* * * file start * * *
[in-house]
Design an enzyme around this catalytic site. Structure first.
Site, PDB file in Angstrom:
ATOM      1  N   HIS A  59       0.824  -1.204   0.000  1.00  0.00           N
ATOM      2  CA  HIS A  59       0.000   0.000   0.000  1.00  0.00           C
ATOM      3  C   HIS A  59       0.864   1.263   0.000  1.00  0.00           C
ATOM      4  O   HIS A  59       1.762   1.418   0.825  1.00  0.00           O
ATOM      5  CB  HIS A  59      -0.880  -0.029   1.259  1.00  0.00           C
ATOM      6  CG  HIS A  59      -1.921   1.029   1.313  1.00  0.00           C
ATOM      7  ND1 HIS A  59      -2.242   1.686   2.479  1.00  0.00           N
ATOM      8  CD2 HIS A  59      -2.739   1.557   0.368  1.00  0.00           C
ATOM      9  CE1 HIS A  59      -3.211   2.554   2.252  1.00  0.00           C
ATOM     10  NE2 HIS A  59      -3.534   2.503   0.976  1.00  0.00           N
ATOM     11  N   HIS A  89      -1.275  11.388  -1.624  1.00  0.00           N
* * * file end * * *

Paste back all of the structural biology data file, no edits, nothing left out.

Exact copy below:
[in-house]
Design an enzyme around this catalytic site. Structure first.
Site, PDB file in Angstrom:
ATOM      1  N   HIS A  59       0.824  -1.204   0.000  1.00  0.00           N
ATOM      2  CA  HIS A  59       0.000   0.000   0.000  1.00  0.00           C
ATOM      3  C   HIS A  59       0.864   1.263   0.000  1.00  0.00           C
ATOM      4  O   HIS A  59       1.762   1.418   0.825  1.00  0.00           O
ATOM      5  CB  HIS A  59      -0.880  -0.029   1.259  1.00  0.00           C
ATOM      6  CG  HIS A  59      -1.921   1.029   1.313  1.00  0.00           C
ATOM      7  ND1 HIS A  59      -2.242   1.686   2.479  1.00  0.00           N
ATOM      8  CD2 HIS A  59      -2.739   1.557   0.368  1.00  0.00           C
ATOM      9  CE1 HIS A  59      -3.211   2.554   2.252  1.00  0.00           C
ATOM     10  NE2 HIS A  59      -3.534   2.503   0.976  1.00  0.00           N
ATOM     11  N   HIS A  89      -1.275  11.388  -1.624  1.00  0.00           N